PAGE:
Ukraine is now team-crypto!
The Ukrainian Parliament, the Verkhovna Rada led by President Volodymyr Zelenskyy, adopted the law to legalize and regulate cryptocurrency on September 8, 2021. The bill was first drafted back in June 2020 and was passed in a nearly unanimous vote the day after El Salvador adopted Bitcoin as a legal tender.
What does the bill say?
Unlike the El Salvador’s move, cryptocurrency will not be accepted as an official payment method in Ukraine, meaning that the national currency remains to be the hryvnia. Instead, according to Euronews, the bill aims to “protect the owners of virtual assets and exchange platforms from fraud” by regulating crypto activities and clarifying the rights and obligations of different stakeholders in the crypto market. It will also permit crypto companies to register in the country and offer legal protection from the state, as long as they fulfil their tax responsibility.
In a news article by Fortune, Ukraine’s vice prime minister of digital transformation Mykhailo Fedorov comments that, “The development of a new industry will allow transparent investments and will strengthen the image of our country as a high-tech state.” Moreover, the deputy minister Oleksandr Bornyakov further adds that, “The adoption of specialized legislation is going to stimulate the attraction of foreign exchanges to the Ukrainian market.” Besides, Ukraine is also looking to establish a cryptocurrency market for business and investors by 2022.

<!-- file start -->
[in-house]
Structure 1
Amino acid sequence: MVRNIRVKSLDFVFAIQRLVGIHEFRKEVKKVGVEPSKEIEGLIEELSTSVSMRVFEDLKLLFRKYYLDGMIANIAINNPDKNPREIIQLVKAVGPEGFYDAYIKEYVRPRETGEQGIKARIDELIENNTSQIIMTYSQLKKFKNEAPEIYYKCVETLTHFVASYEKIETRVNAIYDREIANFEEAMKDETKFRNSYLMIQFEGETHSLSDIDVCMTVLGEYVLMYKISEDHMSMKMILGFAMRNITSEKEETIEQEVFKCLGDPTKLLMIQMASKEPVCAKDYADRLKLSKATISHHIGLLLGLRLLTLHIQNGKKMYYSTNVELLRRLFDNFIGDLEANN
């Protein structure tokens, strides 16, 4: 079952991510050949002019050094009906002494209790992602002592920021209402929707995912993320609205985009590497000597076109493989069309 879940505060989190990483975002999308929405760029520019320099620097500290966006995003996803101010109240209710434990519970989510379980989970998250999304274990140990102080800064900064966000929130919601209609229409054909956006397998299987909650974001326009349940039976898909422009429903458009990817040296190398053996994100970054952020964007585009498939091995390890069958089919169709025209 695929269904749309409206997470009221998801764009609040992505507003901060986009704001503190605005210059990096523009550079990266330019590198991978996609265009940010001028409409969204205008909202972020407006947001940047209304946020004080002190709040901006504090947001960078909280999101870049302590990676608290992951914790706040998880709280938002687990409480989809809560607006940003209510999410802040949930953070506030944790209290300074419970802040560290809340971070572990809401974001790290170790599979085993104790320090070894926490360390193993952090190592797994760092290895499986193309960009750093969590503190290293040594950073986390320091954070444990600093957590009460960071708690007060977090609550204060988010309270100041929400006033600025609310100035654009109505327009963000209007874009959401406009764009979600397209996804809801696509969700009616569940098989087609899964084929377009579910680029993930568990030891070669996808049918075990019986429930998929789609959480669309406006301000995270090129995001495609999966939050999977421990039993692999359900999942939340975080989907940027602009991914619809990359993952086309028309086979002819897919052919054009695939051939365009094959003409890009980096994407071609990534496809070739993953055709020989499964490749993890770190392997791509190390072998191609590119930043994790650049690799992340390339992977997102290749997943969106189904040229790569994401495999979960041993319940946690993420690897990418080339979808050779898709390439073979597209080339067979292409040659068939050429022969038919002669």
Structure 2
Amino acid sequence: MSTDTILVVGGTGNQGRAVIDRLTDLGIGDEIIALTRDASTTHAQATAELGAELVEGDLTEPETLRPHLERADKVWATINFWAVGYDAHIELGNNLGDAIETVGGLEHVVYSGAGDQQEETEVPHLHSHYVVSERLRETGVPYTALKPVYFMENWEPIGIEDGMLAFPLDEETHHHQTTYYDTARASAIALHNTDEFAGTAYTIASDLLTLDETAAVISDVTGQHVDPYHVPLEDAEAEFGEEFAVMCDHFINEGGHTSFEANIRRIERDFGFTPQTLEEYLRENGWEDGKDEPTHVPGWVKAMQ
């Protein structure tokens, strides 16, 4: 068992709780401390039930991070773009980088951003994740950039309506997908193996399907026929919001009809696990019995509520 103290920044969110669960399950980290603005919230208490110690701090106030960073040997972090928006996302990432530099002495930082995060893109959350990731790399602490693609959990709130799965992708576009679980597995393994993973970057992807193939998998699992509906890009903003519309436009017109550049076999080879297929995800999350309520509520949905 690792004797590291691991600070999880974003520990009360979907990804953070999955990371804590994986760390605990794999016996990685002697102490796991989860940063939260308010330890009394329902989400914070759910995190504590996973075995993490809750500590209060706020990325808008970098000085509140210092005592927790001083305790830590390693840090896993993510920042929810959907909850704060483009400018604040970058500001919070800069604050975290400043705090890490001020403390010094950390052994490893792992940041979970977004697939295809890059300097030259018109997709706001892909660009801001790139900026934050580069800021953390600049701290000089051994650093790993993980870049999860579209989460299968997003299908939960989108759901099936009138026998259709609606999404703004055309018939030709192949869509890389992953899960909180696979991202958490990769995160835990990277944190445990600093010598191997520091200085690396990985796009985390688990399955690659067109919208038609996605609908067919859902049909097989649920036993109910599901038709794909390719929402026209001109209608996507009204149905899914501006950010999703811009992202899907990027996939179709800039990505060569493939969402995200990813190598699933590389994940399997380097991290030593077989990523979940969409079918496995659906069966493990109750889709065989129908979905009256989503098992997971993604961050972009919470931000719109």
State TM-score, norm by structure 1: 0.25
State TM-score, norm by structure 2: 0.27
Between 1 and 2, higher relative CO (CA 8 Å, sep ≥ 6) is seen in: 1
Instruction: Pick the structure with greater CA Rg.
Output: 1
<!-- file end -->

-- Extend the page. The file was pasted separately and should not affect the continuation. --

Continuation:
What does it mean for Ukraine?
While it looks like the Ukrainian government is taking this crypto-friendly step to attract investors, experts like the CEO of Binaryx, a virtual asset exchange platform, Oleg Kurchenko warned that the new rules might drive crypto investors away if they find the state untrustworthy. As of writing this article, the public reaction toward the adoption remains unclear.
Before the adoption, the usage of cryptocurrency remained in a gray area as it was neither legal nor prohibited. Ukrainians could purchase and trade crypto, but the local courts could not protect them from potential frauds. That said, the usage of crypto by companies and exchanges have been closely monitored by the law authority in Ukraine. In fact, the Ukrainian law enforcement agencies had regarded cryptocurrencies as a “scam” and raided crypto businesses with no justification.
Recent months have seen governments across the globe attempting to legalize cryptocurrency, in particular in Latin America, such as Cuba, Paraguay and Panama. Venezuela even took a step further to establish its own cryptocurrency—the Petro—despite being dubbed as a “failure” for the lack of competitiveness and public support. In August, the European Union proposed new rules to ban anonymous crypto exchanges by forcibly collecting identifying information of those transacting crypto. However, Euronews also reported that many Europeans expressed their wish for their own government, instead of the European Union, to regulate cryptocurrency.
Volatility of cryptocurrency
Although the media seems to connect the adoption of Bitcoin in El Salvador to the abrupt price drop of Bitcoin on Tuesday, the co-founder of Zap Protocol Nick Spanos described the incident to be a “false dip” and predicted that Bitcoin could reach US$100,000 by the end of 2021.
Regardless of the action taken upon it—adopting it as legal tender or regulating trades in crypto—it is no doubt that governments around the world are realizing the demand and capacity of cryptocurrency. One thing that crypto owners are absolutely going to pay close attention to is whether those actions will add to the volatility of crypto prices and, in turn, the profits they will make.
Header Image Courtesy of Freepik